a journal of our edible education

You Had to be There

IMG_1010 IMG_1013It is a challenge to capture in a few words and pictures what our students experienced this last week at our annual Art in the Garden event.  This is the day when several creative members of the community come to our campus to celebrate our pollinator garden and use their skills to engage students in conversations about the creative process.  This year the diversity of talent was remarkable.  When thirteen artists and performers enter a garden it is difficult to predict the variety of expression.  From the silly to the sublime our students witnessed quite the spectrum of artistic interpretation.  All were inspired by the same garden but each told a different story.

Consider the playful picture above.  Few students (and even fewer adults) could resist adding found elements to this rather stoic portrait.  This table provided a steady chorus of laughter all morning.  Contrast that with the  exquisite detail captured in a miniature watercolor and you’ll begin to get the idea.

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Students witnessed big splashes of bright acrylic color as well as more subtle brushstrokes of oil paint.  They had interesting discussions about everything from costume design to architectural structure and ornamentation .  Several students had the opportunity to create innovative works inspired by environmental artists like Andy Goldsworthy.  A visiting hive of honey bees displayed their own take on this type of environmental installation. All of this was accompanied by a beautiful flute and rhythmic percussion that gave a heartbeat to this lively morning.  What a thing of beauty it is when so many talented artists come together to inspire and educate the next generation of creative thinkers and doers.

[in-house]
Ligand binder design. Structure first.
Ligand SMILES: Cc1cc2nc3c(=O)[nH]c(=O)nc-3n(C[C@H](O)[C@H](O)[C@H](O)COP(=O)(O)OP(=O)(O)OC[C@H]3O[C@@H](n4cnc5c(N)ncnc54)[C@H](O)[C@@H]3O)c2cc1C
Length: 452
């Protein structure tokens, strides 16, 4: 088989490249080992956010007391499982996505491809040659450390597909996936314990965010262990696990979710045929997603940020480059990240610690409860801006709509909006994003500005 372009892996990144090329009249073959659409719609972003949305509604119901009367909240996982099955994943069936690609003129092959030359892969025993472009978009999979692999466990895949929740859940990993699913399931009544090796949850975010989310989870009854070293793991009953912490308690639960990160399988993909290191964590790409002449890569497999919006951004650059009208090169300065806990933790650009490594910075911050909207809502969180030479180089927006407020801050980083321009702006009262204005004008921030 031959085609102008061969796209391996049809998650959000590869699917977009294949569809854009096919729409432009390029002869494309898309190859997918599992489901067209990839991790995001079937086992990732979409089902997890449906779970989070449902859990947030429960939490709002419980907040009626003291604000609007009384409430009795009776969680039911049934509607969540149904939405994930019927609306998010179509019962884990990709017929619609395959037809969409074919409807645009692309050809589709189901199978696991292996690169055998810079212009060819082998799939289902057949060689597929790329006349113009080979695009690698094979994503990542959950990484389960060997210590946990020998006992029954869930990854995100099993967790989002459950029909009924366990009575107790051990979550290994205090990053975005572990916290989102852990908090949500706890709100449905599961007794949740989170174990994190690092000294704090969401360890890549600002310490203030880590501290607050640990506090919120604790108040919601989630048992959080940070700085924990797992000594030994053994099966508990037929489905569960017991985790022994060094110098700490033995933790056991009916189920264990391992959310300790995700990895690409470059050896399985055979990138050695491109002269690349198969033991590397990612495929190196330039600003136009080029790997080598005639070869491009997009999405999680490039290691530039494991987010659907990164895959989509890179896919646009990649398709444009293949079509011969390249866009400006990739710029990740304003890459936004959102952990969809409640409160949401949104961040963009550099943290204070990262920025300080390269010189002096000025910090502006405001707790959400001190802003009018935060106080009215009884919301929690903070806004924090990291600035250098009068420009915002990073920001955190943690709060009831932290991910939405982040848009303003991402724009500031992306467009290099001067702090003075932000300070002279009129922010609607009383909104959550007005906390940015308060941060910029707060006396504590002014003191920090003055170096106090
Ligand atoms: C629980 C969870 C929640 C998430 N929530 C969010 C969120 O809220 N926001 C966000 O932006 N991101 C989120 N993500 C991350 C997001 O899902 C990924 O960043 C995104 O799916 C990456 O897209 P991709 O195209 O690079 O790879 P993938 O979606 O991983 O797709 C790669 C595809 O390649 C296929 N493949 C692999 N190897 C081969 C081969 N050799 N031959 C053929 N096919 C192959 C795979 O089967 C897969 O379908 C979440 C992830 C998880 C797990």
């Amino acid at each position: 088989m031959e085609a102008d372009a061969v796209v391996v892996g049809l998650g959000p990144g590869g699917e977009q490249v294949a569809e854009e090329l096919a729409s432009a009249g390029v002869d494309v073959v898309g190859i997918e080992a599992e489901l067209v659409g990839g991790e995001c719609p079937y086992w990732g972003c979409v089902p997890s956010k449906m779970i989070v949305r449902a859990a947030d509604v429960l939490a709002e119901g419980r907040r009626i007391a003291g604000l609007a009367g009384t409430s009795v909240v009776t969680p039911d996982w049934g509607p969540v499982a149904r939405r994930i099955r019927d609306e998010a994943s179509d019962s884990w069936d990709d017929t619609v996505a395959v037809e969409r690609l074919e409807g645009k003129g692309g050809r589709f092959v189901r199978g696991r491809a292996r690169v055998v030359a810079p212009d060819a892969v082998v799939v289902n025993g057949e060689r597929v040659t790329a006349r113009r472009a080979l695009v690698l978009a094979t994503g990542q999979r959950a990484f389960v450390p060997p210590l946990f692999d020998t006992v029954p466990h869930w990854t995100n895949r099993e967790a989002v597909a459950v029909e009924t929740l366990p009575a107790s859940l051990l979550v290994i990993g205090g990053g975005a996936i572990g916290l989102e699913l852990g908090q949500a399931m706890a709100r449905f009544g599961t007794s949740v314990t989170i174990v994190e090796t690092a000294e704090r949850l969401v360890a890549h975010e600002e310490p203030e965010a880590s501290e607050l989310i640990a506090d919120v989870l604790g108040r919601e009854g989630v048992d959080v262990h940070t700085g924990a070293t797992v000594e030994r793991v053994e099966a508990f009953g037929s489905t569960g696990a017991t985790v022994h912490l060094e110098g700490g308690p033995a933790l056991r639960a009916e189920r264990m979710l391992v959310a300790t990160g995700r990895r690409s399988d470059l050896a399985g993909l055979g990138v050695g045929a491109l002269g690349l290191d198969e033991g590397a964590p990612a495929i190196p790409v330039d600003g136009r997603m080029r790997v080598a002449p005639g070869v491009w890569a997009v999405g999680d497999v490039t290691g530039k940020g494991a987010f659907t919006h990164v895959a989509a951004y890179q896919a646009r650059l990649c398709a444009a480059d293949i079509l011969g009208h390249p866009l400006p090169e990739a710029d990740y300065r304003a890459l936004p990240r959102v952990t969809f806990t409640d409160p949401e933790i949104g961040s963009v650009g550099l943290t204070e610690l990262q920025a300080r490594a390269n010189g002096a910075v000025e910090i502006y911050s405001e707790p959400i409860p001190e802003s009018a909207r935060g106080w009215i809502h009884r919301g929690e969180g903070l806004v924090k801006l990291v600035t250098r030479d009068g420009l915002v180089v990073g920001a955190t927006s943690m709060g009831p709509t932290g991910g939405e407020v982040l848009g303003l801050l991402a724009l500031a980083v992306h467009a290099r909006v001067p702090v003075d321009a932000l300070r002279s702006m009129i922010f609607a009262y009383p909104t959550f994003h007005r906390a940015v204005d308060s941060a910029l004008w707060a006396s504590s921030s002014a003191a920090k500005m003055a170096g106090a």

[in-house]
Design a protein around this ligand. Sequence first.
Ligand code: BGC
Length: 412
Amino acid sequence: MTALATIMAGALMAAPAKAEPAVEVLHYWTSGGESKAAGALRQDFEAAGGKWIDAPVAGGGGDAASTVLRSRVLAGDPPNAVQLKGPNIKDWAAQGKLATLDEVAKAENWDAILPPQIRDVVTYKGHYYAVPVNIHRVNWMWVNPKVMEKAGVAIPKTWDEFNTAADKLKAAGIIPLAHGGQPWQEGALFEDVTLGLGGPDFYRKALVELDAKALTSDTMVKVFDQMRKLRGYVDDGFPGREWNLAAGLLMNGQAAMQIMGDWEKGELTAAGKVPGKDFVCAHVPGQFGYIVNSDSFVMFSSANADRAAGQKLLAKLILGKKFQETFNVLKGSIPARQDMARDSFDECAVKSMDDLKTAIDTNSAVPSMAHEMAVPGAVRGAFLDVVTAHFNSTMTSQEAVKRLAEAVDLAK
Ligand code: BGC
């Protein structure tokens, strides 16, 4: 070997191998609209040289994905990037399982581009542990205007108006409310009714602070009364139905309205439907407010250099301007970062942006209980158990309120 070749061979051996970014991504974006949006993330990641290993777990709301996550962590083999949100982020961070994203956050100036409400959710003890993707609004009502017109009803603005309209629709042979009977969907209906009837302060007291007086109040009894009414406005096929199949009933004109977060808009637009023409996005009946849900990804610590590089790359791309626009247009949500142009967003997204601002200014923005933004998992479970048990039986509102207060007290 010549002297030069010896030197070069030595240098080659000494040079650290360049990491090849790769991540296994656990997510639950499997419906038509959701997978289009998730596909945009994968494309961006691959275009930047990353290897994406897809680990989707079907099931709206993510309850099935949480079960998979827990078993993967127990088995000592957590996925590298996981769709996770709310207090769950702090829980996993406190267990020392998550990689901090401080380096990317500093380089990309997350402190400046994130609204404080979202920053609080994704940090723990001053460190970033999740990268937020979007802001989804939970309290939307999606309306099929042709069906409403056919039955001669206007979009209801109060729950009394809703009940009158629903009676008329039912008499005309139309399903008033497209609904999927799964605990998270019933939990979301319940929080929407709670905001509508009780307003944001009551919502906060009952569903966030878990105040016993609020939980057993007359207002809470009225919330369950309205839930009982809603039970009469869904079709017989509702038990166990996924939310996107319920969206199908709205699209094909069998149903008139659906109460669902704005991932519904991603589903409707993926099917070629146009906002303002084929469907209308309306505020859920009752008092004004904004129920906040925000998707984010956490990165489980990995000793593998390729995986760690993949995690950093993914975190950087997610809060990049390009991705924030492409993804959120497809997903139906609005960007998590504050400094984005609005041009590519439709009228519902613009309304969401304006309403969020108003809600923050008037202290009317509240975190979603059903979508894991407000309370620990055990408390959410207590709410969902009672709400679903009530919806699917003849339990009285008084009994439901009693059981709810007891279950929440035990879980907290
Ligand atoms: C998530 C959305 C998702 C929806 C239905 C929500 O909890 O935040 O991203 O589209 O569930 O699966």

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4 responses

  1. tcinqo

    What an incredible event that encourages our children to be creative, find unique ways to express themselves, and appreciate the variety of gifts each individual has been given.

    November 10, 2013 at 8:02 am

  2. Love it!

    November 10, 2013 at 9:26 pm

  3. Wonderful. I love that a beekeeper was included. 🙂

    November 20, 2013 at 6:50 am

    • @Bill, We were very excited to have the bees (it is after all a pollinator garden). We try to show kids that the wall between the arts and sciences is artificial. The beekeeper was able to talk about the science of beekeeping and the importance planting habitats for bees and other insects. I love that he had these conversations right in the middle of an art festival. I think the two blended nicely. (btw, I really enjoy your blog.)

      November 22, 2013 at 6:40 am

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